Sunday, June 28, 2015


of sixty-five years ago, when I painted my dollhouse kitchen pink with my Mother’s nail polish in the dead of night. . .

To the NOW, this week, about ten minutes after four plumbers and a supervisor walked out my door, leaving me with my real Dream Kitchen.

Moire non, when I can organize pictures, find the words, and remember my name.

Thank you for your patience.

Monday, June 22, 2015


You need all the CUTE you can get.

Baby Seal in a Tutu---she’s less than an inch, and the tutu would wrap around my finger.

And a Boom Compenion by your side, come what may.

Monday, June 15, 2015


I’d like to be a Namer. If talents and charms were given out, you’d choose you one that’s important and would be rewarding to you (but maybe one that hasn’t been thought of yet, or is an esoteric gift, like the lady in Paxton who undoes knots in anything---string and shoelaces and yarn and necklace chains and those beautiful beaded hangings on Great-Aunt Ursula’s tiny bedroom chandelier which you loved and coveted, but which has been in a box in your attic since she passed it on). 

And I just thought a minute ago, “I’d like to be a NAMER!”  Sis and I put names to every face and body we can find in the old boxes and albums of photos, and wish we had asked the olders of the family who was who, standing next to Aunt Lo, or in the goat cart in the feathered hat.  And who IS that handsome man standing beside our parents at some body of water, as if their Sunday clothes were perfect wear for the beach, and they’re twenty and fresh-married and isn’t it a glorious day?  

Or my darling, beloved Aunt Cilla in a rakish teenage pose in the thirties, her ensemble and hair as straight out of a movie as the seams in her hose.

What about those children clustered around in little chairs in the old family pictures, in white gauzy dresses and all-just-alike overalls, or in such buttoned-up intricate outfits and boots that they look as if they should be in a doll-shop window--are they ancestors, or great-cousins with all those firsts and seconds and once-removeds attached, and we’ll never know their names, save for a long list of Born-Tos in a dusty Bible or in a great list of poetic-sounding names in an impersonal Internet Family Tree.    And who’s to put which name with which little face gazing, if not into the future, at least out at us OF IT, who gaze back and wonder who they are.   We can’t just lose those people of our pasts as if they just whispered away with that last breath---they were important.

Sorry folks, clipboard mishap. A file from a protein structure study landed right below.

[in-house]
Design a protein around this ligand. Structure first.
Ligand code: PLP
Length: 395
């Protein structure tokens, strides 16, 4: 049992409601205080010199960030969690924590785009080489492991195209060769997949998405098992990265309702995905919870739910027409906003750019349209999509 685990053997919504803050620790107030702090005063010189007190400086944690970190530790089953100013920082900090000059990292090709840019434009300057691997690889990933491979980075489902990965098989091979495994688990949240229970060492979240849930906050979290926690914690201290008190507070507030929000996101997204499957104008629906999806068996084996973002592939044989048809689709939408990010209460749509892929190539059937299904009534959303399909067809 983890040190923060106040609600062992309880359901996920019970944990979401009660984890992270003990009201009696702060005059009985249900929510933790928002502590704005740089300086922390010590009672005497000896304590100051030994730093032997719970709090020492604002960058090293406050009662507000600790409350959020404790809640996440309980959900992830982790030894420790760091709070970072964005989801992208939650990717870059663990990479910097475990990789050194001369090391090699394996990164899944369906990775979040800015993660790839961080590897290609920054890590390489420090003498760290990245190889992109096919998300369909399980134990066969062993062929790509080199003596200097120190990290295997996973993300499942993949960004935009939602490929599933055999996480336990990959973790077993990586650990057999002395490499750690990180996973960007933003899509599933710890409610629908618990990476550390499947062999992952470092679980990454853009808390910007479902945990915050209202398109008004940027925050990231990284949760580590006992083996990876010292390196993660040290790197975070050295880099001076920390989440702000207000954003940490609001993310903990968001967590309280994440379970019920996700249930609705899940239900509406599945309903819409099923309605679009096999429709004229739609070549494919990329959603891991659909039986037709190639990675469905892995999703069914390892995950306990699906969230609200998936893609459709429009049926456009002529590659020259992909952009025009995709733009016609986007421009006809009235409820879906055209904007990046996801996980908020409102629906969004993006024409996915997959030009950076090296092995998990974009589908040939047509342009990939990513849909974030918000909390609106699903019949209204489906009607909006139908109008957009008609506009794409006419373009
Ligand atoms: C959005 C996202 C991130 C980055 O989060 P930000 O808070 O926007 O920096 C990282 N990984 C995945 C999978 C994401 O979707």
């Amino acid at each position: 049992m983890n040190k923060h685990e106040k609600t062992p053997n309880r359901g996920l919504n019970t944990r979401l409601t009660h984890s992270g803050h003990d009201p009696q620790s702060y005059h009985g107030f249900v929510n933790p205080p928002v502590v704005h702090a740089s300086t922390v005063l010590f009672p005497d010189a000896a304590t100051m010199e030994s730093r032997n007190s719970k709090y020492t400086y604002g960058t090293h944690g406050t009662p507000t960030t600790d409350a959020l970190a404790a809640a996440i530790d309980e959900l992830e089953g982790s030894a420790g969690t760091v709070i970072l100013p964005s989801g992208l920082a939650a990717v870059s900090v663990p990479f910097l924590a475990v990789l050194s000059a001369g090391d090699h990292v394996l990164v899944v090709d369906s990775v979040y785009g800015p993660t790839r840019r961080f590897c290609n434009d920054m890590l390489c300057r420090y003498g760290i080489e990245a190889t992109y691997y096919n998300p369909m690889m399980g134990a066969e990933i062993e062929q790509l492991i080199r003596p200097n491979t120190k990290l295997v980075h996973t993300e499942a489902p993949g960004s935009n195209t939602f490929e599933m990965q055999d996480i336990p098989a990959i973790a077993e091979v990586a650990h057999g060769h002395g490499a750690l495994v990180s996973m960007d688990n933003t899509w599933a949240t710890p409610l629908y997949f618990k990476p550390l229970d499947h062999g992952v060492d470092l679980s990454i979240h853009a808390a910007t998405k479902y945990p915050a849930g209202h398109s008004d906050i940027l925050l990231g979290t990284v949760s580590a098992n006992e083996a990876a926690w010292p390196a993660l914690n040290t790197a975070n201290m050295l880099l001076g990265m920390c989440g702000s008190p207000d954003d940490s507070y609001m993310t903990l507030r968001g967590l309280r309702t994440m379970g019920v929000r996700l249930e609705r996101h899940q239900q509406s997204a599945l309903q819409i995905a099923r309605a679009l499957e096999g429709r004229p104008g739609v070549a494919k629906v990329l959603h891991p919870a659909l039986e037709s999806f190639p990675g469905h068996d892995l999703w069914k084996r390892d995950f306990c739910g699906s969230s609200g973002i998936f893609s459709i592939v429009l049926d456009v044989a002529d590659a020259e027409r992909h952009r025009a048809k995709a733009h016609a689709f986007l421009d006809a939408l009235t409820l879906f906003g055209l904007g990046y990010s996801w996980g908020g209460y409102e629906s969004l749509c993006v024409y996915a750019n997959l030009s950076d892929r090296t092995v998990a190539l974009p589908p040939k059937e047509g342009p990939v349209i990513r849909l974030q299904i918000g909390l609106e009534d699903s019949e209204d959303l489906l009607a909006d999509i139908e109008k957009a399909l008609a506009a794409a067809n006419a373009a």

So.  Of all the gifts of magical hue---the healing and the knowing and the telling of time to come---I’d like to be able to look at a face and tell you the name.  Those folks who live on in Sepia, the withered, creased memories pressed between dark album pages for more years than they lived, and whose names and deeds died with those who loved them---they deserve a memory.

 I’d love to come to your house and look at your old pictures, pointing out the little boy who ran away at nine and became a part of a War not his own.  And the black-clad young man standing quietly removed from the others in the shade of the porch, having been sent to live with the elderly Aunt and Uncle when his folks died in The Flu; now that THEY are gone, who are the WE of him?   There’s surely a staid, unsmiling couple sitting before an urn of flowers, their wedding day commemorated only through this one graying image, and their faces set in the grim lines befitting a momentous event.